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This week’s play submission comes from Brandon Rohr, the assistant women’s basketball coach at Corcordia University (Texas).
Here’s an effective set that can be used on a variety of levels to create a great look off of multiple actions. Unlike many sets which hope to take advantage of poor defensive execution, this particular one is dependent upon defensive players executing their assignment by properly hedging, helping, and chasing over screens. It’s a great late-game set that has been used with a variety of initial formations and variations. It’s also a must for any coach in their playbook.
The play begins out of the “Floppy Series.” Once the point guard hits the “initiation area”, the action begins. First, the 2 cuts off a cross-screen from the 3 and pin-down by the 5 player. After setting the screen, the 3 will come off the left wing on a pin-down by 4. The entry is made to 2 on the right wing.
After the entry pass, the 5 player will “seven-cut” into a ballscreen for 2. As this action takes place. the 3 and 4 will double flare-screen for the PG. The emphasis should be placed on the screeners coming big, wide, and fast to the screens.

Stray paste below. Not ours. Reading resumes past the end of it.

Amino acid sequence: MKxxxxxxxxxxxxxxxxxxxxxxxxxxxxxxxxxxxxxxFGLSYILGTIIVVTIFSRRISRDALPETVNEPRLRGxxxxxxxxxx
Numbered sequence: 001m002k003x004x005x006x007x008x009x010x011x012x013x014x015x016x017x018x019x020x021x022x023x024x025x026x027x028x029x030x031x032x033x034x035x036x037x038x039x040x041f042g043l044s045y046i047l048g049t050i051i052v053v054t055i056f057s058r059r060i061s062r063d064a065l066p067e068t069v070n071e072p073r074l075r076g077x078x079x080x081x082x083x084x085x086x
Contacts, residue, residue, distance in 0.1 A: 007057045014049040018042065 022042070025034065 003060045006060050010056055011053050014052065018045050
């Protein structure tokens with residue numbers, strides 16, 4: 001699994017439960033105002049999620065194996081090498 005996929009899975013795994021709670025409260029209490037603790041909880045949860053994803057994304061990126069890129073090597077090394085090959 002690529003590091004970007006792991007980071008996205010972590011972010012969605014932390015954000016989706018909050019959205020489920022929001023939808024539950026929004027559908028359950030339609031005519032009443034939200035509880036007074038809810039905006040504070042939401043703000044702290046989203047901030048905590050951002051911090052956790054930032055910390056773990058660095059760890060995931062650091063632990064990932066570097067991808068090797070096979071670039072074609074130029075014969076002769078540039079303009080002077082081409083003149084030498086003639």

As the 2 guard engages the ball-screen, the 4 will cut up to a direct line with the wing. Next, 2 will take one dribble to clear the screen and make a quick pass to the 4. As this happens, the 5 will sprint to the rim receiving a bounce pass from 4 for a lay-up.
As you can see these actions clear out the paint area. If the screen defender hedges and the on-ball defender fights over top as he/she is taught, this will leave no one to help as there is simply no weakside help available. This is a terrific late-game set against a hedging or switching ball-screen defensive team. Whereas most sets take advantage of poor defensive execution, this one takes advantage of a team that fulfills their commitments correctly.
Do you have a go-to play that you want to share with the coaching community? Do you know of an effective drill that pays dividends for yoursquad? Send us an e-mail at firstname.lastname@example.org and break down your favorite drill or play for us.